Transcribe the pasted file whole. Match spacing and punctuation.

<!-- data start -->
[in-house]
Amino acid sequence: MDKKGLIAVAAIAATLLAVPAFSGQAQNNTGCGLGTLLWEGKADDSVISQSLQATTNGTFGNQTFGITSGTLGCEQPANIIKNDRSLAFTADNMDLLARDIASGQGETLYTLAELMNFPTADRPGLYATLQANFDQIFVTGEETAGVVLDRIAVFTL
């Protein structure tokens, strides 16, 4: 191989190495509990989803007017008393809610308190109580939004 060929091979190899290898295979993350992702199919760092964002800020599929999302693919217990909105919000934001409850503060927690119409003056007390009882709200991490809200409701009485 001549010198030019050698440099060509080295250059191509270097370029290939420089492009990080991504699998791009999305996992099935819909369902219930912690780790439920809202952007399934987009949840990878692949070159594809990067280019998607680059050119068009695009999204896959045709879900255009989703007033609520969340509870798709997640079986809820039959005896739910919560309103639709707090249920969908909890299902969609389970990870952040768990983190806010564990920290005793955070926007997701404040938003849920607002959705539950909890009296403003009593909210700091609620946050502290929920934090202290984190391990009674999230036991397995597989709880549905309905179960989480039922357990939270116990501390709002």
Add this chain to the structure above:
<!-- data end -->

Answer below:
[in-house]
Amino acid sequence: MDKKGLIAVAAIAATLLAVPAFSGQAQNNTGCGLGTLLWEGKADDSVISQSLQATTNGTFGNQTFGITSGTLGCEQPANIIKNDRSLAFTADNMDLLARDIASGQGETLYTLAELMNFPTADRPGLYATLQANFDQIFVTGEETAGVVLDRIAVFTL
């Protein structure tokens, strides 16, 4: 191989190495509990989803007017008393809610308190109580939004 060929091979190899290898295979993350992702199919760092964002800020599929999302693919217990909105919000934001409850503060927690119409003056007390009882709200991490809200409701009485 001549010198030019050698440099060509080295250059191509270097370029290939420089492009990080991504699998791009999305996992099935819909369902219930912690780790439920809202952007399934987009949840990878692949070159594809990067280019998607680059050119068009695009999204896959045709879900255009989703007033609520969340509870798709997640079986809820039959005896739910919560309103639709707090249920969908909890299902969609389970990870952040768990983190806010564990920290005793955070926007997701404040938003849920607002959705539950909890009296403003009593909210700091609620946050502290929920934090202290984190391990009674999230036991397995597989709880549905309905179960989480039922357990939270116990501390709002």
Add this chain to the structure above: